1. Uninsured Motorist Coverage: If you have uninsured motorist (UM) coverage as part of your insurance policy, it can be a crucial asset. This coverage is designed to compensate you for your losses in the event the at-fault driver lacks insurance. The tort exemption applies to UM coverage, allowing you to recover for the full extent of your damages. Our attorneys can assist in filing and negotiating a UM claim with your insurance provider. Legal representation is necessary to get compensated for the full value of your claim.

  2. Personal Injury Lawsuit: In some cases, pursuing a personal injury lawsuit against the uninsured driver may be an option. Even if the driver has no auto insurance, they might have other insurance policies that apply or enough assets that would make a lawsuit worthwhile. If you don’t carry UM insurance, then this could be an option worth exploring.

  3. Other Liable Parties: Sometimes, other parties may be partially responsible for the accident. For instance, if a vehicle defect contributed to the crash, a product liability claim against the manufacturer might be appropriate.

Underinsured Motorist Coverage

There are only a couple of states in the country that don’t require drivers to carry bodily injury liability (BIL) insurance, and Florida is one of them. While all drivers must carry no-fault PIP coverage and property damage liability, BIL is only required for certain drivers, such as taxi and rideshare drivers, or people who have been cited for certain moving violations or been in an accident.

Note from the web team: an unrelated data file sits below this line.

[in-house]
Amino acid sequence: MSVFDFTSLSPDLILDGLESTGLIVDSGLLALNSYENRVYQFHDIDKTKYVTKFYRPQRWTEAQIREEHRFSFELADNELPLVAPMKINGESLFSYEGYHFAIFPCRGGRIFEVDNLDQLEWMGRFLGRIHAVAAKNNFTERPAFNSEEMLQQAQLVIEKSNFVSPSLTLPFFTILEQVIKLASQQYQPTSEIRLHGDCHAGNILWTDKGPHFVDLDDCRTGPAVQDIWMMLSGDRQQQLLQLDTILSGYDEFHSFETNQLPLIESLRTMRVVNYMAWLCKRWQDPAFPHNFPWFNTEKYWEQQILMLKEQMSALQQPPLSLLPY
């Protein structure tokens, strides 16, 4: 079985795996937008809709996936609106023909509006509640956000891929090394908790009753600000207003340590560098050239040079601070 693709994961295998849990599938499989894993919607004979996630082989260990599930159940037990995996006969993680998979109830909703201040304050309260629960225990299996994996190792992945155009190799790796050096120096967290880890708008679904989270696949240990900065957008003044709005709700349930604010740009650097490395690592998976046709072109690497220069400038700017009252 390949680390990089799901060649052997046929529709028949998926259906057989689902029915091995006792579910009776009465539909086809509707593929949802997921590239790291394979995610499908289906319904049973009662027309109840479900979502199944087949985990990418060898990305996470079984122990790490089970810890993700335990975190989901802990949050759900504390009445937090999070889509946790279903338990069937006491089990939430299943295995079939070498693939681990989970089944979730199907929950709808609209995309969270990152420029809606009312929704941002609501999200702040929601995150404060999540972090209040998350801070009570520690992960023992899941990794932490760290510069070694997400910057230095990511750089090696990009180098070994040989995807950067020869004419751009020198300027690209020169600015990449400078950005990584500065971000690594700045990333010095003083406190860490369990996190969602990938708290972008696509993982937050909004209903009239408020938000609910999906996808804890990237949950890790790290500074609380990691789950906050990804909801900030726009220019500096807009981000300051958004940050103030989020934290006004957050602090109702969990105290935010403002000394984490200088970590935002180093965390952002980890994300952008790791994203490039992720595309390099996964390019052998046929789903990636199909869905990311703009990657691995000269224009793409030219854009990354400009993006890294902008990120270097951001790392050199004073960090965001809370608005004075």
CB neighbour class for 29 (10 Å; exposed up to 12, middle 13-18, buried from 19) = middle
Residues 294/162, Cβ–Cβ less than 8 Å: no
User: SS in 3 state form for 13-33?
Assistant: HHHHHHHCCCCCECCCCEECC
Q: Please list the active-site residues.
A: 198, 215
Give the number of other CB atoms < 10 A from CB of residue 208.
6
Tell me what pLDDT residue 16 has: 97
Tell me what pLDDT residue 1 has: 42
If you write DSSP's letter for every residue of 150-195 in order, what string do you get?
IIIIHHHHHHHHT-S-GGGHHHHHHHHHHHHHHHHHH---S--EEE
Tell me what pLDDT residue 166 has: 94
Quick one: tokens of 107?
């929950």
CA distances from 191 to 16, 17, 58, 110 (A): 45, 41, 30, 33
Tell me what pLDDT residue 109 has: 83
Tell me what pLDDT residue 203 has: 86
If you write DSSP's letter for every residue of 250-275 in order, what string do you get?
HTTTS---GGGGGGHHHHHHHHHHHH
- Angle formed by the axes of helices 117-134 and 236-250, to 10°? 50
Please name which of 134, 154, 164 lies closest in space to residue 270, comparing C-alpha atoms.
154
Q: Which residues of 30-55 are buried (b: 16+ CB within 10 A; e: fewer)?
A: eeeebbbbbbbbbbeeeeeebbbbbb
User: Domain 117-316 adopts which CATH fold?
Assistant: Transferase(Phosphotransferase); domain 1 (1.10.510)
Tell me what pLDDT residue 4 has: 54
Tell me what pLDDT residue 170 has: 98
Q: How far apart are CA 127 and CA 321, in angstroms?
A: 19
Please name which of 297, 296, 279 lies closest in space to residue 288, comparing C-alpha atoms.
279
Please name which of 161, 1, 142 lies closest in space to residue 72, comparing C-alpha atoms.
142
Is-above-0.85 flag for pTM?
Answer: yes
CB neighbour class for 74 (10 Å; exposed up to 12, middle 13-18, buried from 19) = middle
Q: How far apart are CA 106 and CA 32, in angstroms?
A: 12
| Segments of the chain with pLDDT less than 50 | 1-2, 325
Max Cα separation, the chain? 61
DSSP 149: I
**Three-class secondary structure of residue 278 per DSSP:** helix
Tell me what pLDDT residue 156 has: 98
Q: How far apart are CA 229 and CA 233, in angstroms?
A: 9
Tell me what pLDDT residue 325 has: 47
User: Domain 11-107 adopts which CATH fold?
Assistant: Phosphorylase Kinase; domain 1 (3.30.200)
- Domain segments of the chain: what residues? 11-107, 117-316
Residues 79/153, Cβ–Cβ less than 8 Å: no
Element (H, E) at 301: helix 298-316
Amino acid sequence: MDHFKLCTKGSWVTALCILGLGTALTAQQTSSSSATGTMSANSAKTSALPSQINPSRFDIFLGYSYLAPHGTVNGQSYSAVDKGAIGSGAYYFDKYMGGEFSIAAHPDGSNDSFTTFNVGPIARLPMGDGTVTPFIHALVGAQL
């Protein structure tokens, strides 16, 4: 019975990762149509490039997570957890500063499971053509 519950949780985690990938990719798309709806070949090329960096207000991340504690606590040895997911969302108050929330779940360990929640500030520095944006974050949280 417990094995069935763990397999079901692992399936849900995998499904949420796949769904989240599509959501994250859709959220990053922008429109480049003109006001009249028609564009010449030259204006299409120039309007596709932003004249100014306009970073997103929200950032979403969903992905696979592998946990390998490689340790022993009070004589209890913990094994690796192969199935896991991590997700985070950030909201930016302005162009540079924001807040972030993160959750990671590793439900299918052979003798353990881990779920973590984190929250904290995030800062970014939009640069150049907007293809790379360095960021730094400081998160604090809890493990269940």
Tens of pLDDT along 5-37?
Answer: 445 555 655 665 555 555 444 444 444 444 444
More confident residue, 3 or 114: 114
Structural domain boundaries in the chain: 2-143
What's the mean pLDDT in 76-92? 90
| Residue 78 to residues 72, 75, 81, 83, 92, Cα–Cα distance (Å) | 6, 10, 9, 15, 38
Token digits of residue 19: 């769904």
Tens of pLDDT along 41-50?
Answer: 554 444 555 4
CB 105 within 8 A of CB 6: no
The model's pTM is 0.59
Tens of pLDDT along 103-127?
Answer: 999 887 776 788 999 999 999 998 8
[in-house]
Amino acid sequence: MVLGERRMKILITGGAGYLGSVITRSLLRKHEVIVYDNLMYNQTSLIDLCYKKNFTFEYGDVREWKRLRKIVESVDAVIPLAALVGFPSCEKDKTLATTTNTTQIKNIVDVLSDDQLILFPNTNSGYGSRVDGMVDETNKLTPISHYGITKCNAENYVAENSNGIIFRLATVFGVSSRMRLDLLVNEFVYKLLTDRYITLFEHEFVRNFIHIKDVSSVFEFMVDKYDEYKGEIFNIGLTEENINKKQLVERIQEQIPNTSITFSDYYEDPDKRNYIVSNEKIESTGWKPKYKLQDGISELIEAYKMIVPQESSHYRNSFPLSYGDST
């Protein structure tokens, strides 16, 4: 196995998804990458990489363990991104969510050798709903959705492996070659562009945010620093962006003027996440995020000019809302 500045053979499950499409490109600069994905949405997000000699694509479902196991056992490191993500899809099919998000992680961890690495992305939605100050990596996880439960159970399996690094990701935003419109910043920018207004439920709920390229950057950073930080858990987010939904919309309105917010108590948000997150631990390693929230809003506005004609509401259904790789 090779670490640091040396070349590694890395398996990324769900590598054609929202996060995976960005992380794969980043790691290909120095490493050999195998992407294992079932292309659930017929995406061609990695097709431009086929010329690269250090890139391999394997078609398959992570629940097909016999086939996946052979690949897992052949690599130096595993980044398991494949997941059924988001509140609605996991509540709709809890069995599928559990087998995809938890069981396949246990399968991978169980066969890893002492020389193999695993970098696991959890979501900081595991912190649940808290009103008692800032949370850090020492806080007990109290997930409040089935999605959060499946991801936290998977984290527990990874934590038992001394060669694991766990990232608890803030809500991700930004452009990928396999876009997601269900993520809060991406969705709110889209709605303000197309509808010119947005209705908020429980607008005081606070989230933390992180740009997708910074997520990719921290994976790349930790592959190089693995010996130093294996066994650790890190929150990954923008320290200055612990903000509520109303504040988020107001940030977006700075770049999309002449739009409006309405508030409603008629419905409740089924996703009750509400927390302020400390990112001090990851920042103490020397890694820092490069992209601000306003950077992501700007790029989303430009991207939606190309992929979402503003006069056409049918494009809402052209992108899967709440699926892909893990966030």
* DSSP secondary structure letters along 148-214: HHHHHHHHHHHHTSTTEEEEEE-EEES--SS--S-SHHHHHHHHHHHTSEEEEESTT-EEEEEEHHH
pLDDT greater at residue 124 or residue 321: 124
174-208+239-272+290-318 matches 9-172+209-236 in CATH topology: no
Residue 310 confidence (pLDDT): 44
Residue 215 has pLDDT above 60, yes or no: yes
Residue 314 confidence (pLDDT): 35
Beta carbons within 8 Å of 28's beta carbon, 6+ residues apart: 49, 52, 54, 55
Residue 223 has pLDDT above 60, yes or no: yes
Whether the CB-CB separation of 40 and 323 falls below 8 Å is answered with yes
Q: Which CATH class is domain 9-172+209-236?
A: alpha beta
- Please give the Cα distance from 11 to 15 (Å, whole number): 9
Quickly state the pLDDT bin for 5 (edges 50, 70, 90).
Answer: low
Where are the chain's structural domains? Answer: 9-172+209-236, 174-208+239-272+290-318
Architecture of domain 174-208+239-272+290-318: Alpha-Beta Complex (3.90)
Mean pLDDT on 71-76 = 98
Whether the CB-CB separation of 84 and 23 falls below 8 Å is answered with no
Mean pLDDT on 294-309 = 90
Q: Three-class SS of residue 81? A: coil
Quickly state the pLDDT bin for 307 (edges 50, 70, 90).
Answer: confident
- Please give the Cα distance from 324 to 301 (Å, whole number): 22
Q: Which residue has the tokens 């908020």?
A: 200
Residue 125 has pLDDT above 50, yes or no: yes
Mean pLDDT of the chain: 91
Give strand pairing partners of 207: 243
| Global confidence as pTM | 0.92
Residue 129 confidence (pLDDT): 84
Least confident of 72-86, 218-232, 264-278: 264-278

If the at-fault driver has some insurance but it is not enough to cover your damages, you might be able to make up the difference if you have underinsured motorist (UIM) on your policy. Chances are, if you have UM coverage, you also have UIM.

Don’t Settle Your Case Until You’ve Talked to an Attorney

If you get hit by an uninsured driver, they are likely to try and get you to settle with them directly rather than calling the police or involving insurance. This is almost always a mistake. First of all, reporting the accident may required by law, such as if any injury is involved or there is property damage over $500. Even if the damage to your vehicle seems minor and you feel okay at the moment, you really have no good idea how much it will take to fix your car or how badly you might have been hurt. While it might be tempting to accept cash from the other driver, doing so could hurt your chances of getting the compensation you need. It’s better to call the insurance company, call the police, go to a doctor, and talk to an attorney who can evaluate your case and advise you on your best options.

Contact Chadwick & Chadwick for a Free Consultation

If you’ve been in a car accident with an uninsured driver in Tampa or anywhere in Florida, don’t navigate this complex legal journey alone. Contact Chadwick & Chadwick today for a free consultation. We’ll discuss your case, explain your options, and outline a strategy to pursue the compensation you deserve. Let our experience and dedication work for you in this challenging time.